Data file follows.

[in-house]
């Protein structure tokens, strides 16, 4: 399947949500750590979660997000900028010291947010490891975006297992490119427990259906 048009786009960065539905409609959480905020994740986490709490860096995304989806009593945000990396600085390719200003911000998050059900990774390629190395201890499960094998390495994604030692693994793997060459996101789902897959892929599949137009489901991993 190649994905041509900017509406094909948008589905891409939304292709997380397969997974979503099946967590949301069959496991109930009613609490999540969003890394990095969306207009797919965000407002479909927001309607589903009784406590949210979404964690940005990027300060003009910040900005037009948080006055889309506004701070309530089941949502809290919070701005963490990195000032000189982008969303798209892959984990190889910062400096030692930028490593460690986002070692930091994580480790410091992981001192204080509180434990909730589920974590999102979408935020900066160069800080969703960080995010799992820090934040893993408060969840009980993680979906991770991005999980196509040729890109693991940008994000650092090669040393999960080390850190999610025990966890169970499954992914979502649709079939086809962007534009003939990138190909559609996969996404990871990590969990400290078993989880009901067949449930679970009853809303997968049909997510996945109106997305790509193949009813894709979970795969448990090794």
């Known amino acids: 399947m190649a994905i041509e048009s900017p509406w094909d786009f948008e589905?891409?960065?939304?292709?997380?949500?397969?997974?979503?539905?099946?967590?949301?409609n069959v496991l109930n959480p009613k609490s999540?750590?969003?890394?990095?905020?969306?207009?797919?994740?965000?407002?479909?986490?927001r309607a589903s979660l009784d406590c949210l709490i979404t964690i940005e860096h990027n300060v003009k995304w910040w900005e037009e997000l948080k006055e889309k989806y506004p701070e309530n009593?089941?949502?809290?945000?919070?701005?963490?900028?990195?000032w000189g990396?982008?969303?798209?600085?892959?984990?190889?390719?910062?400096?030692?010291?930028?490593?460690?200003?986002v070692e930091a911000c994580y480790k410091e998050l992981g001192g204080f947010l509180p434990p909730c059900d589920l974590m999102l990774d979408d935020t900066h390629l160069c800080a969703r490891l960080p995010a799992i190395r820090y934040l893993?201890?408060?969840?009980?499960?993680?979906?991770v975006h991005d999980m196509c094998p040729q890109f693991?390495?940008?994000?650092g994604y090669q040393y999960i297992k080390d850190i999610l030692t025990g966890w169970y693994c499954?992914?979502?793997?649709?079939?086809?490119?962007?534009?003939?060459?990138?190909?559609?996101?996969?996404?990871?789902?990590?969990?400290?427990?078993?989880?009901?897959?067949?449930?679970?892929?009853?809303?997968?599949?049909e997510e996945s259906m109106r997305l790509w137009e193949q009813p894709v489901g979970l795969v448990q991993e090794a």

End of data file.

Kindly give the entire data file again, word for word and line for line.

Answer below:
[in-house]
């Protein structure tokens, strides 16, 4: 399947949500750590979660997000900028010291947010490891975006297992490119427990259906 048009786009960065539905409609959480905020994740986490709490860096995304989806009593945000990396600085390719200003911000998050059900990774390629190395201890499960094998390495994604030692693994793997060459996101789902897959892929599949137009489901991993 190649994905041509900017509406094909948008589905891409939304292709997380397969997974979503099946967590949301069959496991109930009613609490999540969003890394990095969306207009797919965000407002479909927001309607589903009784406590949210979404964690940005990027300060003009910040900005037009948080006055889309506004701070309530089941949502809290919070701005963490990195000032000189982008969303798209892959984990190889910062400096030692930028490593460690986002070692930091994580480790410091992981001192204080509180434990909730589920974590999102979408935020900066160069800080969703960080995010799992820090934040893993408060969840009980993680979906991770991005999980196509040729890109693991940008994000650092090669040393999960080390850190999610025990966890169970499954992914979502649709079939086809962007534009003939990138190909559609996969996404990871990590969990400290078993989880009901067949449930679970009853809303997968049909997510996945109106997305790509193949009813894709979970795969448990090794």
């Known amino acids: 399947m190649a994905i041509e048009s900017p509406w094909d786009f948008e589905?891409?960065?939304?292709?997380?949500?397969?997974?979503?539905?099946?967590?949301?409609n069959v496991l109930n959480p009613k609490s999540?750590?969003?890394?990095?905020?969306?207009?797919?994740?965000?407002?479909?986490?927001r309607a589903s979660l009784d406590c949210l709490i979404t964690i940005e860096h990027n300060v003009k995304w910040w900005e037009e997000l948080k006055e889309k989806y506004p701070e309530n009593?089941?949502?809290?945000?919070?701005?963490?900028?990195?000032w000189g990396?982008?969303?798209?600085?892959?984990?190889?390719?910062?400096?030692?010291?930028?490593?460690?200003?986002v070692e930091a911000c994580y480790k410091e998050l992981g001192g204080f947010l509180p434990p909730c059900d589920l974590m999102l990774d979408d935020t900066h390629l160069c800080a969703r490891l960080p995010a799992i190395r820090y934040l893993?201890?408060?969840?009980?499960?993680?979906?991770v975006h991005d999980m196509c094998p040729q890109f693991?390495?940008?994000?650092g994604y090669q040393y999960i297992k080390d850190i999610l030692t025990g966890w169970y693994c499954?992914?979502?793997?649709?079939?086809?490119?962007?534009?003939?060459?990138?190909?559609?996101?996969?996404?990871?789902?990590?969990?400290?427990?078993?989880?009901?897959?067949?449930?679970?892929?009853?809303?997968?599949?049909e997510e996945s259906m109106r997305l790509w137009e193949q009813p894709v489901g979970l795969v448990q991993e090794a």